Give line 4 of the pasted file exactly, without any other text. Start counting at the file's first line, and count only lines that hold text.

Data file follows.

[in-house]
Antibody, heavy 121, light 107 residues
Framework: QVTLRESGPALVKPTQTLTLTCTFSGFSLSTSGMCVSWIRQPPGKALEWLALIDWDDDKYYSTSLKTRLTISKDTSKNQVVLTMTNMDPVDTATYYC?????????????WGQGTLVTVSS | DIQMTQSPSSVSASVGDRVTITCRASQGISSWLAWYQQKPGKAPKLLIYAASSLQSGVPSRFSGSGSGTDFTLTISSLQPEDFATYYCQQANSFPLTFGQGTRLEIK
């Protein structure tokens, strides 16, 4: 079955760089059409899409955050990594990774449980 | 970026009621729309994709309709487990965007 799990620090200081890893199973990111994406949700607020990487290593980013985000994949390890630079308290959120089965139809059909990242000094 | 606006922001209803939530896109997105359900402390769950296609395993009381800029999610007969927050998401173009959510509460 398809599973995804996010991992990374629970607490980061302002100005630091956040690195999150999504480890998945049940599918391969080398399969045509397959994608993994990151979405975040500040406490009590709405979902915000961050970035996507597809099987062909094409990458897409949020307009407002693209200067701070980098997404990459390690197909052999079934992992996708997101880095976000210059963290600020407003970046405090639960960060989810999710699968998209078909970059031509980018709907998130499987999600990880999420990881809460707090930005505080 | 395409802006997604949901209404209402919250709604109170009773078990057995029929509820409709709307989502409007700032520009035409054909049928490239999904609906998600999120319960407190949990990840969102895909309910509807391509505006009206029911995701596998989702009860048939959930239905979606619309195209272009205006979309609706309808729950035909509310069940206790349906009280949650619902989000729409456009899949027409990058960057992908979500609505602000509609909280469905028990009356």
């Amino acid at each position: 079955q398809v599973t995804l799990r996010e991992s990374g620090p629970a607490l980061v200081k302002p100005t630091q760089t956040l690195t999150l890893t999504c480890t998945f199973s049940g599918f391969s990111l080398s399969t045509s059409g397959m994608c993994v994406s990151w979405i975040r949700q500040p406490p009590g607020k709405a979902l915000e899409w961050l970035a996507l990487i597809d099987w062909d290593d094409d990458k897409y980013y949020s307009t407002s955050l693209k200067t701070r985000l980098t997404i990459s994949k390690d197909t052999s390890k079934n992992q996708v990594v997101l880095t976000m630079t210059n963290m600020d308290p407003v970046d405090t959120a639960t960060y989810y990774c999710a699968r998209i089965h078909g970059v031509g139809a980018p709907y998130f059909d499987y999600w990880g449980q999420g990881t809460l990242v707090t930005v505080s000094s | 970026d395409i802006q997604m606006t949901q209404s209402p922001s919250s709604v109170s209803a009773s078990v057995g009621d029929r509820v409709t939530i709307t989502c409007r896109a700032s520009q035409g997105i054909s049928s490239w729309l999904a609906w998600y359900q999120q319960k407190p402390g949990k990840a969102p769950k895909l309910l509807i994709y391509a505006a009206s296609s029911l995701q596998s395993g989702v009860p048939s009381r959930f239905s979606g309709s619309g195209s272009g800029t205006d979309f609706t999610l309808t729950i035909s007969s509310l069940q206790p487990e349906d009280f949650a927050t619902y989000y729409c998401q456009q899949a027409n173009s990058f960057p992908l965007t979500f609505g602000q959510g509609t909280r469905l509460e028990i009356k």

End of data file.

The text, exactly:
């Protein structure tokens, strides 16, 4: 079955760089059409899409955050990594990774449980 | 970026009621729309994709309709487990965007 799990620090200081890893199973990111994406949700607020990487290593980013985000994949390890630079308290959120089965139809059909990242000094 | 606006922001209803939530896109997105359900402390769950296609395993009381800029999610007969927050998401173009959510509460 398809599973995804996010991992990374629970607490980061302002100005630091956040690195999150999504480890998945049940599918391969080398399969045509397959994608993994990151979405975040500040406490009590709405979902915000961050970035996507597809099987062909094409990458897409949020307009407002693209200067701070980098997404990459390690197909052999079934992992996708997101880095976000210059963290600020407003970046405090639960960060989810999710699968998209078909970059031509980018709907998130499987999600990880999420990881809460707090930005505080 | 395409802006997604949901209404209402919250709604109170009773078990057995029929509820409709709307989502409007700032520009035409054909049928490239999904609906998600999120319960407190949990990840969102895909309910509807391509505006009206029911995701596998989702009860048939959930239905979606619309195209272009205006979309609706309808729950035909509310069940206790349906009280949650619902989000729409456009899949027409990058960057992908979500609505602000509609909280469905028990009356």